Think like an ethnographer about the tenure process. How is it organized? What are the moments in which you are most vulnerable in the process, even if you have hit all the marks?
It is our responsibility to challenge linguistic intolerance. An anthro-political linguistics demands it, acknowledging that language is always political and justice requires action.
Language policing involves much more than the actions of individuals.
Have you ever been in the US and heard people speaking a language you didn’t understand? Did it bother you? Have you ever thought about why it bothered you? For folks who might tell those people to speak in English, where does that entitlement come from? Why do some people feel they have the right to tell others how or what to speak?
Since the mid-twentieth century, many Americans have seen free speech as primarily serving an inclusive and egalitarian concept of public space and political legitimacy. This view draws on stories of anti-war protestors and civil rights activists, like Mario Savio and Rev. Fred Shuttlesworth. An opposing view of free speech was on offer in President Trump’s March 2019 executive order to “protect free speech on campus.” While the impact of the order itself has been up for debate, its signing ceremony was an inflection point for a conservative vision of free speech as the province of normatively gendered whiteness.
The SLA Committee on Language and Social Justice (LSJ) aims to increase awareness, both within the AAA and among the general public, of the ways that language is implicated in social discrimination; and where appropriate, to respond to language-related injustice.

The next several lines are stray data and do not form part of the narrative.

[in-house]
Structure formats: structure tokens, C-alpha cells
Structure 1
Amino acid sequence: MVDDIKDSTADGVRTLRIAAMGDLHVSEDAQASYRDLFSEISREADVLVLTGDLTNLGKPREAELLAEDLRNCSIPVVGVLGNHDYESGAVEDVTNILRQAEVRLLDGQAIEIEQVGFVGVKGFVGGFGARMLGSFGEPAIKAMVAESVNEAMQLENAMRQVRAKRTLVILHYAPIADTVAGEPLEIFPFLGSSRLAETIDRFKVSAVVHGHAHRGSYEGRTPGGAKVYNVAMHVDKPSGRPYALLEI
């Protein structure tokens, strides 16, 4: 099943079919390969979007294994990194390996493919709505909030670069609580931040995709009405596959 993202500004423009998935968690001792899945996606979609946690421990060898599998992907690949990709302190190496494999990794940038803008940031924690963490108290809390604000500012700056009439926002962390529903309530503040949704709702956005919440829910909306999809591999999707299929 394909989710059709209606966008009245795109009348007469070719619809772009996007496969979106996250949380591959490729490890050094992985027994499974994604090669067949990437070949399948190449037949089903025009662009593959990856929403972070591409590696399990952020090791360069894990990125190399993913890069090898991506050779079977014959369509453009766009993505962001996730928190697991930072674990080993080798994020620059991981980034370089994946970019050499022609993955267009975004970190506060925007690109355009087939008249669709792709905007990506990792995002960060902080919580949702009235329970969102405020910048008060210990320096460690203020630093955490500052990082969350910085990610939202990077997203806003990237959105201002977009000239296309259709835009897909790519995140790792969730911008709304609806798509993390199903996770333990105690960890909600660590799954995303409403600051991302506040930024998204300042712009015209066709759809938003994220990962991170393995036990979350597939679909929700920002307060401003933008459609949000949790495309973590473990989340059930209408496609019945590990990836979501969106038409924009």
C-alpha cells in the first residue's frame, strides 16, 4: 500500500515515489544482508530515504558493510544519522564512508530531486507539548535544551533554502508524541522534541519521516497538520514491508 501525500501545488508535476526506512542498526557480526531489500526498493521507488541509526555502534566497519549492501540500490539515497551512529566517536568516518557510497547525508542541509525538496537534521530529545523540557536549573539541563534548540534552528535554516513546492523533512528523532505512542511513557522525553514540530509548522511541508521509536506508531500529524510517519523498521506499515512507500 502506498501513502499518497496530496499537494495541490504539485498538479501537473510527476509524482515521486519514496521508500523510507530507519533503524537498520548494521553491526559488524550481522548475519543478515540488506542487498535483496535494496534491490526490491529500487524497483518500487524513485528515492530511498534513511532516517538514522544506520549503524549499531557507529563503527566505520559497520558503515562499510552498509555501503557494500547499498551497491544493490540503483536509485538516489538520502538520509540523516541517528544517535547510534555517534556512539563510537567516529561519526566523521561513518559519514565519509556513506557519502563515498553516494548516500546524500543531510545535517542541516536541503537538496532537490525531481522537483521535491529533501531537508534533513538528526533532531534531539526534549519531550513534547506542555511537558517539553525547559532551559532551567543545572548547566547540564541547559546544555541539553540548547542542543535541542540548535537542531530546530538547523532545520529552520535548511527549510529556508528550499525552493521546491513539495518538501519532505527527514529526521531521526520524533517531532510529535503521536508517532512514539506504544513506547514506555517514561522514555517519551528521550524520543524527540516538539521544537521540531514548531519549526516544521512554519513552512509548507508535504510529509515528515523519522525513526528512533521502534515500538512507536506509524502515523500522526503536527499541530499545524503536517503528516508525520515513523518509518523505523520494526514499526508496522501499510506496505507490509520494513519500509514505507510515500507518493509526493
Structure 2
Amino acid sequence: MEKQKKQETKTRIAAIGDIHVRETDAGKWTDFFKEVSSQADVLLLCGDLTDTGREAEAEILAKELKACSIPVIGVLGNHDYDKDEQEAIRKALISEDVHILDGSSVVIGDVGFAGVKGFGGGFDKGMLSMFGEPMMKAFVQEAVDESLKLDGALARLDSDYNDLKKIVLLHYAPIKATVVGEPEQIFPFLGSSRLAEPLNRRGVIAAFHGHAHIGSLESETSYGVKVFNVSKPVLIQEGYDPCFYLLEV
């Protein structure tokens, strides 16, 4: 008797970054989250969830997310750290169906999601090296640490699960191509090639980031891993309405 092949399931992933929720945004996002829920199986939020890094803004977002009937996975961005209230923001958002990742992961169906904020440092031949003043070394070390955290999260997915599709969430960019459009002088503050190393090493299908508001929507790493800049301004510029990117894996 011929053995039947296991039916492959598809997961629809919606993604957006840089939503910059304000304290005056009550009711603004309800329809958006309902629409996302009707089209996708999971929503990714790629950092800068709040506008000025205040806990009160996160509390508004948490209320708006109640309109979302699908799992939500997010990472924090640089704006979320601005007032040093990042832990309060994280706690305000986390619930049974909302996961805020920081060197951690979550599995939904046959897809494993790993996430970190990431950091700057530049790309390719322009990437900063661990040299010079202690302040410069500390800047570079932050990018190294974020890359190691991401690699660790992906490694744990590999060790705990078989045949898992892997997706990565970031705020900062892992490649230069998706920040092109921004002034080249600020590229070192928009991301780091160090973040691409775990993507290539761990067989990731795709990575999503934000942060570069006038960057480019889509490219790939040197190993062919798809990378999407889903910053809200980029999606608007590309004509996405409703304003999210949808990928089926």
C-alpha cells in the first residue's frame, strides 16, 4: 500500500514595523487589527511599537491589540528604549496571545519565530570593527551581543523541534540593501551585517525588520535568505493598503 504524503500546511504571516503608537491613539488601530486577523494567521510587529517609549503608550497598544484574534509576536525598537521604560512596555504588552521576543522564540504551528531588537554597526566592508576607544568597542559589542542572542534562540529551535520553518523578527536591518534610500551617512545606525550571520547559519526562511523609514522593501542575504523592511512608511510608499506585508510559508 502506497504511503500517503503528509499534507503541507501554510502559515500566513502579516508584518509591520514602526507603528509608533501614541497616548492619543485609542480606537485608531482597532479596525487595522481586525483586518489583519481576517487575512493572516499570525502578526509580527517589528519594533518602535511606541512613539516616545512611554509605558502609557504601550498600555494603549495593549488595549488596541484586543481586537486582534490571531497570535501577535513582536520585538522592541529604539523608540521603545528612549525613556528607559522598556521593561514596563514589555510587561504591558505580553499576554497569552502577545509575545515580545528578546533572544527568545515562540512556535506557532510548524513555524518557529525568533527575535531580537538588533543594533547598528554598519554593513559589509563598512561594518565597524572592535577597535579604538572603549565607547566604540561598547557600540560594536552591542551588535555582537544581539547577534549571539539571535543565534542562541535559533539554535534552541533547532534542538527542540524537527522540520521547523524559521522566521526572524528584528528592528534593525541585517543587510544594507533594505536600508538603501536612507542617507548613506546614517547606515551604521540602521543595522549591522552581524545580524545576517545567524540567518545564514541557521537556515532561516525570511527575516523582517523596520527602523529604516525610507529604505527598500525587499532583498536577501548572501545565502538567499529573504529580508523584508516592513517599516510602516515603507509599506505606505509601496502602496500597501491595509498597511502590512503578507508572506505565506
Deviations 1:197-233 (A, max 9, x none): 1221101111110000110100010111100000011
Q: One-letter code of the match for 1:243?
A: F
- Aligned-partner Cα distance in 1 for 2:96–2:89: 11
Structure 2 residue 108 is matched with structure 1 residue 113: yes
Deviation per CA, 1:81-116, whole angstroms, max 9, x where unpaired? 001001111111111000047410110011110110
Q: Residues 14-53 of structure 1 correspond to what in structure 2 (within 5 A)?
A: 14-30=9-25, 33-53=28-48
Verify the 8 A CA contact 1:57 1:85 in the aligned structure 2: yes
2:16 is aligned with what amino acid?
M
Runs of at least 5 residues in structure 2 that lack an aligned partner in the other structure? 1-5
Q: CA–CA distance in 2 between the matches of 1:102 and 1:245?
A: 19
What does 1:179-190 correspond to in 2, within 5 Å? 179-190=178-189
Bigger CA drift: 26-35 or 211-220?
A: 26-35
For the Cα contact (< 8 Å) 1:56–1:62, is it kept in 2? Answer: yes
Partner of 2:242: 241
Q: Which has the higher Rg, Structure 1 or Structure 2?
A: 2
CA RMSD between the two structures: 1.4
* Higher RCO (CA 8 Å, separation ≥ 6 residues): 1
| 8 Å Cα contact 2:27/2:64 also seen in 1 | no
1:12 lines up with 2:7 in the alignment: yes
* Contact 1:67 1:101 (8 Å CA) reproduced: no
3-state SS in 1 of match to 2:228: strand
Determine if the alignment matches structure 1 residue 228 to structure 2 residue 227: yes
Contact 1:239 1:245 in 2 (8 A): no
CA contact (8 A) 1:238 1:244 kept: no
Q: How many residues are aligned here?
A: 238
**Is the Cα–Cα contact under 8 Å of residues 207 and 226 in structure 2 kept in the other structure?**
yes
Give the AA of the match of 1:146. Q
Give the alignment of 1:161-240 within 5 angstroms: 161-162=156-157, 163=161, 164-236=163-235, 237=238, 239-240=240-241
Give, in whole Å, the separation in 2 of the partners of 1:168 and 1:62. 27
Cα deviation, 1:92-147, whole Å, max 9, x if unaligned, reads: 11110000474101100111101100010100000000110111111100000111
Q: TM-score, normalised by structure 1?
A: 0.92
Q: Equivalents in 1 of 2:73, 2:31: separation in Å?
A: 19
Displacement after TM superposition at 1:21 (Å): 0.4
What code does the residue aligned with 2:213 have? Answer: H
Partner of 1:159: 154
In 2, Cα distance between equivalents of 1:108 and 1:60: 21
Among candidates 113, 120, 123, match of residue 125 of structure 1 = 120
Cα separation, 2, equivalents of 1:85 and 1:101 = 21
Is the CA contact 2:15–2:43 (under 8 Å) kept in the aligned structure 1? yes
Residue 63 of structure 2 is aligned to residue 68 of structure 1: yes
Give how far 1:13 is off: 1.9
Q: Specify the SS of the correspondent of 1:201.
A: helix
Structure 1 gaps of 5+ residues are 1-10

Call for American Anthropologist Editor in Chief Position starts July 1, 2020, please apply. 2019, UNESCO’s International Year of Indigenous Languages Working group appointed to address this initiative, led by Jenny Davis; other AAA section representatives (CASCA, AIA, SLA), AAA Executive Board member Jocelyn Ahlers, and AAA staff involved. SLA planning committee co-chairs appointed to […]
The Linguistic Society of America Summer Institute, held in odd-numbered years, is a unique opportunity for linguistic anthropologists to further their background in general linguistics, the study the structure of specific languages, or to learn new research methods. The LSA Institute offers a wide range of possibilities for discovering new ways to incorporate issues related to language and discourse into their research.
The #MeToo movement—as it emerges in social interaction and digital communication—is a discursive formation that suggests at least two frames of linguistic analysis. This column seeks to unpack the hashtag’s emergence in co-oxygenated social interaction, its transformation through digital communication, and closes with brief thoughts on its limitations for transformative social justice change.
On February 19, 2018, Kazakhstani social media came alive when the government announced a new plan for the Latin-based alphabet for Kazakh. It was the third government plan rolled out in the span of a year.